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Doctors owe a duty to provide reasonable medical care and advice to their patients that follows established good practice in their field or specialty. If care or advice fails to comport with established good practices and the patient suffers as a result, that doctor will be responsible for the patient’s worsened condition. Should that patient have sought care from a different medical professional, however, the responsibility of the first doctor for the patient’s condition may have come to an end. A recent case before the Appellate Division asked the court to decide when that duty ends. Specifically, the case centered on whether a doctor who provided medical advice to a patient before that patient sought care elsewhere should be held responsible when the diagnosis and treatment recommendation were in error.
The case, titled Lindenbaum v. Federbush, stemmed from a mistaken diagnosis. Paul Lindenbaum, the injured patient, sought care from Richard Federbush, his primary care physician, after he began experiencing stomach cramps. Federbush referred Lindenbaum to the emergency room of the Long Island Jewish Medical Center for testing. The following morning, Lindenbaum faxed his test results to Federbush. The doctor told Lindenbaum that he had colitis and should continue taking the antibiotics prescribed by the medical center. However, Lindenbaum was suffering from an abscess, not colitis. The condition worsened, spreading infection to his brain and ultimately causing brain damage.
Lindenbaum’s wife filed a claim on his behalf against Federbush and the Long Island Jewish Medical Center. The claims against the medical center settled separately, and Federbush filed a motion to dismiss the claims against him. Federbush claimed that, when Lindenbaum became the patient of the medical center, Federbush was no longer responsible for Lindenbaum’s condition. The trial court sided with Federbush, dismissing Lindenbaum’s claims against the physician. Lindenbaum appealed.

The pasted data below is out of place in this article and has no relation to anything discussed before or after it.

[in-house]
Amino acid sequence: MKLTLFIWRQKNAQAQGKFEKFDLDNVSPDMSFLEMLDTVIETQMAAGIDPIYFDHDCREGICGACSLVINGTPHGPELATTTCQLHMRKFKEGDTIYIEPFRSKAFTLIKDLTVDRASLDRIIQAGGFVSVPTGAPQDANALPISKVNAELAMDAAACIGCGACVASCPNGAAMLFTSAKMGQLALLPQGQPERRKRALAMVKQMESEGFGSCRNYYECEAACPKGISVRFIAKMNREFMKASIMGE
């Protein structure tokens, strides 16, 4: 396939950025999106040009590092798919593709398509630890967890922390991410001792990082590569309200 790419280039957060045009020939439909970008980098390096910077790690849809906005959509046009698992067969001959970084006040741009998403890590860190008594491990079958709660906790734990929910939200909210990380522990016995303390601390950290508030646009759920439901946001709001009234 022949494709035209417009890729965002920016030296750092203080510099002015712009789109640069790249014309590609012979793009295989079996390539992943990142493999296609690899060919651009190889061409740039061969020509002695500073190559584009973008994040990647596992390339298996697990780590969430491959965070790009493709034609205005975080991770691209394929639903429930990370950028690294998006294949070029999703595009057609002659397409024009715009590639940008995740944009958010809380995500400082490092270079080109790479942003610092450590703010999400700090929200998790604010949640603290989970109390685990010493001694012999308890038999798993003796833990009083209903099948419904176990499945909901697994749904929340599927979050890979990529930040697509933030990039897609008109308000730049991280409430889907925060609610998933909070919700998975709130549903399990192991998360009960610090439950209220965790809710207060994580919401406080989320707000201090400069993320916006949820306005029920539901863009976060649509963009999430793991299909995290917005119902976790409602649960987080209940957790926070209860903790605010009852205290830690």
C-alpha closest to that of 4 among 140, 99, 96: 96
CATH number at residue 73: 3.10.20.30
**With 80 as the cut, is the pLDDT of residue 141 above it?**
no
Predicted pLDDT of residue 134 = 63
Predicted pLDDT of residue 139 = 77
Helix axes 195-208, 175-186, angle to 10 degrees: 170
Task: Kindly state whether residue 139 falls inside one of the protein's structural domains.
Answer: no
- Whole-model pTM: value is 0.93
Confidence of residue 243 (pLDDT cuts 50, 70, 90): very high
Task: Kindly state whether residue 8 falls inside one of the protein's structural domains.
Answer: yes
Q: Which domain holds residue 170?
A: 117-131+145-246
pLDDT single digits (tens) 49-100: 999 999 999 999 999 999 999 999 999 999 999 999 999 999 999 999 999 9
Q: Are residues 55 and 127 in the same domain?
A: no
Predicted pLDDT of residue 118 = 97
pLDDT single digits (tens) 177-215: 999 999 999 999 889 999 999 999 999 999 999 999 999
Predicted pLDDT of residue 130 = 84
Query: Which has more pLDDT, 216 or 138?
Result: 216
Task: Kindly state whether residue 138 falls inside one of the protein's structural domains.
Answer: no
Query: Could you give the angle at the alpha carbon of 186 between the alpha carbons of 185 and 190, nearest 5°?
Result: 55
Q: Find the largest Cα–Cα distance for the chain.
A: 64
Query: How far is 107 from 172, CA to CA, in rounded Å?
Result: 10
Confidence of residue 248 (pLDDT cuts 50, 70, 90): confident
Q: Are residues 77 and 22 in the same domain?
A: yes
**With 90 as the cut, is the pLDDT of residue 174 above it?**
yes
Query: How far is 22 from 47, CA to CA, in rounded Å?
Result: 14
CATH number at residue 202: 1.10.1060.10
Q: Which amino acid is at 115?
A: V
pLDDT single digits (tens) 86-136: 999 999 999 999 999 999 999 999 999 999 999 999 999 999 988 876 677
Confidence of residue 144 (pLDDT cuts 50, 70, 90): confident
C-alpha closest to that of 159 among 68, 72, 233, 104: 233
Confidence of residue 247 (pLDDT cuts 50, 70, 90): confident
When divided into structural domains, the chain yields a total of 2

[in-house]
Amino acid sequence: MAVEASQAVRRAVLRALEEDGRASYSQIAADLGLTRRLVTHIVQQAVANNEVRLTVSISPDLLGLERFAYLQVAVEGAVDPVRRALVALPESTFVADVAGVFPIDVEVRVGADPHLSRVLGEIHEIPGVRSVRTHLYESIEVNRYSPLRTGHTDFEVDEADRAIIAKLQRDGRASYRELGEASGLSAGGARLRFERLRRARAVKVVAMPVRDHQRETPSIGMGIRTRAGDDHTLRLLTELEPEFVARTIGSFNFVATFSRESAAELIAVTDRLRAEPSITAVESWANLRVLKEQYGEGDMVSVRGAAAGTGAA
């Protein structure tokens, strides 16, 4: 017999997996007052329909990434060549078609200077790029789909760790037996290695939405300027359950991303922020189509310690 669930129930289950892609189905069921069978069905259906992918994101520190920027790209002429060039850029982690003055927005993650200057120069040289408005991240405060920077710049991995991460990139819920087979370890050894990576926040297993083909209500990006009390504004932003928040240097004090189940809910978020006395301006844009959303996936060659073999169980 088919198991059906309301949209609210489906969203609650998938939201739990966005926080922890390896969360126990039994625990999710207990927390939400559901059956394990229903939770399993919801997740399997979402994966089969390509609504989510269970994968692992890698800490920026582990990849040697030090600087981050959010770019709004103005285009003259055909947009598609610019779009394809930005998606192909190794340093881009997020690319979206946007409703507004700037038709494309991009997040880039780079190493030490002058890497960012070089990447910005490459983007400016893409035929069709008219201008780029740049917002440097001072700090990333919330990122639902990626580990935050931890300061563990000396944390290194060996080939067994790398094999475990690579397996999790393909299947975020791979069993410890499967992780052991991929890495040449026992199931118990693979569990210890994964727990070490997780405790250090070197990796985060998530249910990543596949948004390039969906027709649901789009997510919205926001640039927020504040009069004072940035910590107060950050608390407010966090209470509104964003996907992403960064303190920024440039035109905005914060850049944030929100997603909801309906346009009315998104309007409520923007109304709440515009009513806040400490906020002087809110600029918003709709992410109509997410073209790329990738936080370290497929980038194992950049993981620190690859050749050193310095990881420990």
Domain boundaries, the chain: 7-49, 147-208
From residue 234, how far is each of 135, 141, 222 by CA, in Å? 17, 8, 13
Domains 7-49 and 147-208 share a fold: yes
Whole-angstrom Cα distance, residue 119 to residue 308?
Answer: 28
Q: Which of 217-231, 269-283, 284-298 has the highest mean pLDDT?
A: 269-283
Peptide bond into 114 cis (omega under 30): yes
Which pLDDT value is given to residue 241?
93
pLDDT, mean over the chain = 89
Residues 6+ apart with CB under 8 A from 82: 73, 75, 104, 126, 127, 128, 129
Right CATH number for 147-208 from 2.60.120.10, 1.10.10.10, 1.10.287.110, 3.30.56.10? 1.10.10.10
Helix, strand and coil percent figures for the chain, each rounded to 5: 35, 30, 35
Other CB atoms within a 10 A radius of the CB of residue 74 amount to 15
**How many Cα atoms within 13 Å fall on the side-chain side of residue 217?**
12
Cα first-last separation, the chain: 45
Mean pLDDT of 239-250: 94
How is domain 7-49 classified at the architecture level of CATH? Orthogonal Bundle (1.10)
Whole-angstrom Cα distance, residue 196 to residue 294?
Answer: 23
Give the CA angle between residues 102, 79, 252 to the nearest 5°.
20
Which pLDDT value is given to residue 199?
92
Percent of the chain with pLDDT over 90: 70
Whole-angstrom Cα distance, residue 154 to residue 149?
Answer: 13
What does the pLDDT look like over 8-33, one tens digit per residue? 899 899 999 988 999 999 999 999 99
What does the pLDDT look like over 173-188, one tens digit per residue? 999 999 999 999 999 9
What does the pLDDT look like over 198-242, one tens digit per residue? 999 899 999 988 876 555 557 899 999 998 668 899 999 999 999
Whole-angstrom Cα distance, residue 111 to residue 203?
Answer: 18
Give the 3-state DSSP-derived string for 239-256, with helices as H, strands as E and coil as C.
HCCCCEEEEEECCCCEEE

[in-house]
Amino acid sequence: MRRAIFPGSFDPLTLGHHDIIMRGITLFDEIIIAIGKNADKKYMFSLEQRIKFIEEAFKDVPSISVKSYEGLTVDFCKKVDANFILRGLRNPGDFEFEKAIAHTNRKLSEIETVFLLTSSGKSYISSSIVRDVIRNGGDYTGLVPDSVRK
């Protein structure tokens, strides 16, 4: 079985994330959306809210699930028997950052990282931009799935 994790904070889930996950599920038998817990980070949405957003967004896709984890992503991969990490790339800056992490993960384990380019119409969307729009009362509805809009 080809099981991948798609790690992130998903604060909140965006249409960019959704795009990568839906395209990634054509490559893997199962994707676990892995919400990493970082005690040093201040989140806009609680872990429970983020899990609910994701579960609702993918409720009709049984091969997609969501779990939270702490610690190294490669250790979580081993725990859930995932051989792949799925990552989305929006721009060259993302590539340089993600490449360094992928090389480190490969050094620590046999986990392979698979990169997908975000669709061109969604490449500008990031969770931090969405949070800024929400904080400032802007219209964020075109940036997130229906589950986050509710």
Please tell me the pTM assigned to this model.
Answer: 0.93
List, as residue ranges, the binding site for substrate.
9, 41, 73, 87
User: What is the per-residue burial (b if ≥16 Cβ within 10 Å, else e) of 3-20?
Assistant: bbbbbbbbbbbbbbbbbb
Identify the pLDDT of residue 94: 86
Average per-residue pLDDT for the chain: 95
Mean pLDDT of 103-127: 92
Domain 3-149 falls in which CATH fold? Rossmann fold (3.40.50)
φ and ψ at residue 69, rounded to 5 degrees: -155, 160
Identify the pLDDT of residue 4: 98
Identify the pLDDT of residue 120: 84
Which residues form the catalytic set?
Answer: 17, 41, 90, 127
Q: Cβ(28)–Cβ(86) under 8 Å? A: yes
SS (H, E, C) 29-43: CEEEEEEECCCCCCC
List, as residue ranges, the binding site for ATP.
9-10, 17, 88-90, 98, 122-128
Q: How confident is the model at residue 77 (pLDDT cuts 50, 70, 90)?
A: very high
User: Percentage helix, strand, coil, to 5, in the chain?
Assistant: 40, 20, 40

“Although physicians owe a general duty of care to their patients, that duty may be limited to those medical functions undertaken by the physician and relied on by the patient,” the court explained, citing prior case law in support. While this tenet of medical malpractice claims is often cited by doctors to explain why they no longer bear responsibility for a given patient’s condition, in this case it supported the court’s decision to allow Lindenbaum’s claims against Federbush to move forward. The court explained that, while Federbush did refer Lindenbaum to the medical center for care, Lindenbaum returned to Federbush for additional advice and treatment after his visit to the medical center. Lindenbaum’s reliance on Federbush’s erroneous diagnosis and advice ultimately resulted in the infection which reached Lindenbaum’s brain, causing serious damage, making Federbush responsible for Lindenbaum’s injuries. The Appellate Division reversed the trial court’s decision to dismiss Lindenbaum’s claim against Federbush, reinstating the lawsuit.
If you have been injured by a negligent medical professional in New York, speak with an attorney to determine if you may have a claim for money damages as a result, and contact the effective and determined Manhattan medical malpractice lawyer Leandros A. Vrionedes for a consultation on your case, at 212-889-9362, with additional offices in Astoria at 718-777-5895.